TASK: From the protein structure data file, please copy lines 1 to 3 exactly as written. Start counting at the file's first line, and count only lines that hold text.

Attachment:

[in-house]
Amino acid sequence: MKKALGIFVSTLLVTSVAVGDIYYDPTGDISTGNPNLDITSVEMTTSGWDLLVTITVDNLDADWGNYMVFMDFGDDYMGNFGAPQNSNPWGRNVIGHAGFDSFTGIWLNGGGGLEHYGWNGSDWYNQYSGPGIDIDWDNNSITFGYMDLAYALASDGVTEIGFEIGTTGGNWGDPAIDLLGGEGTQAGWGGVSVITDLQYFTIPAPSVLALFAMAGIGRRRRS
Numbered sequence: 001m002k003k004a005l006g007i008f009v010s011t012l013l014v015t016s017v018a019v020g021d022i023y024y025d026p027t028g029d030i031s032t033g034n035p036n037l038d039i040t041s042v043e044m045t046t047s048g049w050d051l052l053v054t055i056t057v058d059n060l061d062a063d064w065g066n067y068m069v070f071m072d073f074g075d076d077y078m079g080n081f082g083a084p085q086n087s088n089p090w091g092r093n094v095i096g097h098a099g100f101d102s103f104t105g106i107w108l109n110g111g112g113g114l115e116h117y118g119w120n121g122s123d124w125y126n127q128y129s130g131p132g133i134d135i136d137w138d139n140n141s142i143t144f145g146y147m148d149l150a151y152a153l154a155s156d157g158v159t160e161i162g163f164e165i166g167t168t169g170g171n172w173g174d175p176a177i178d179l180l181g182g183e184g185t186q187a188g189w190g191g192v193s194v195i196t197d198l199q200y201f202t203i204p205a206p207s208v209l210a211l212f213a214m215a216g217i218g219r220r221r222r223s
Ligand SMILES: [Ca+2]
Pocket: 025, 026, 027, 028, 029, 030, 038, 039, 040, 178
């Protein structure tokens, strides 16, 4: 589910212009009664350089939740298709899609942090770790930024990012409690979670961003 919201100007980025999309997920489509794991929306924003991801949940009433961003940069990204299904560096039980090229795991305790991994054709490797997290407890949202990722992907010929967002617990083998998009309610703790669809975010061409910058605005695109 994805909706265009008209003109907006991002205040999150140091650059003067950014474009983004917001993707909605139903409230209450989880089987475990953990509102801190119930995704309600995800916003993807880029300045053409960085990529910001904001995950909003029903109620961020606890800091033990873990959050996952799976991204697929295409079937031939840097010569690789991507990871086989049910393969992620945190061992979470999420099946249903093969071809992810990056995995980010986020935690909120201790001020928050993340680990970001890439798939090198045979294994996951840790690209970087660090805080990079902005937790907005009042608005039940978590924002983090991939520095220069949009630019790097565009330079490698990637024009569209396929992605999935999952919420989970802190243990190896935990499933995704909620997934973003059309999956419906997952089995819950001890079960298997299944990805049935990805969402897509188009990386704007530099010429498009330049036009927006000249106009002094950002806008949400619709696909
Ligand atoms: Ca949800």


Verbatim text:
[in-house]
Amino acid sequence: MKKALGIFVSTLLVTSVAVGDIYYDPTGDISTGNPNLDITSVEMTTSGWDLLVTITVDNLDADWGNYMVFMDFGDDYMGNFGAPQNSNPWGRNVIGHAGFDSFTGIWLNGGGGLEHYGWNGSDWYNQYSGPGIDIDWDNNSITFGYMDLAYALASDGVTEIGFEIGTTGGNWGDPAIDLLGGEGTQAGWGGVSVITDLQYFTIPAPSVLALFAMAGIGRRRRS
Numbered sequence: 001m002k003k004a005l006g007i008f009v010s011t012l013l014v015t016s017v018a019v020g021d022i023y024y025d026p027t028g029d030i031s032t033g034n035p036n037l038d039i040t041s042v043e044m045t046t047s048g049w050d051l052l053v054t055i056t057v058d059n060l061d062a063d064w065g066n067y068m069v070f071m072d073f074g075d076d077y078m079g080n081f082g083a084p085q086n087s088n089p090w091g092r093n094v095i096g097h098a099g100f101d102s103f104t105g106i107w108l109n110g111g112g113g114l115e116h117y118g119w120n121g122s123d124w125y126n127q128y129s130g131p132g133i134d135i136d137w138d139n140n141s142i143t144f145g146y147m148d149l150a151y152a153l154a155s156d157g158v159t160e161i162g163f164e165i166g167t168t169g170g171n172w173g174d175p176a177i178d179l180l181g182g183e184g185t186q187a188g189w190g191g192v193s194v195i196t197d198l199q200y201f202t203i204p205a206p207s208v209l210a211l212f213a214m215a216g217i218g219r220r221r222r223s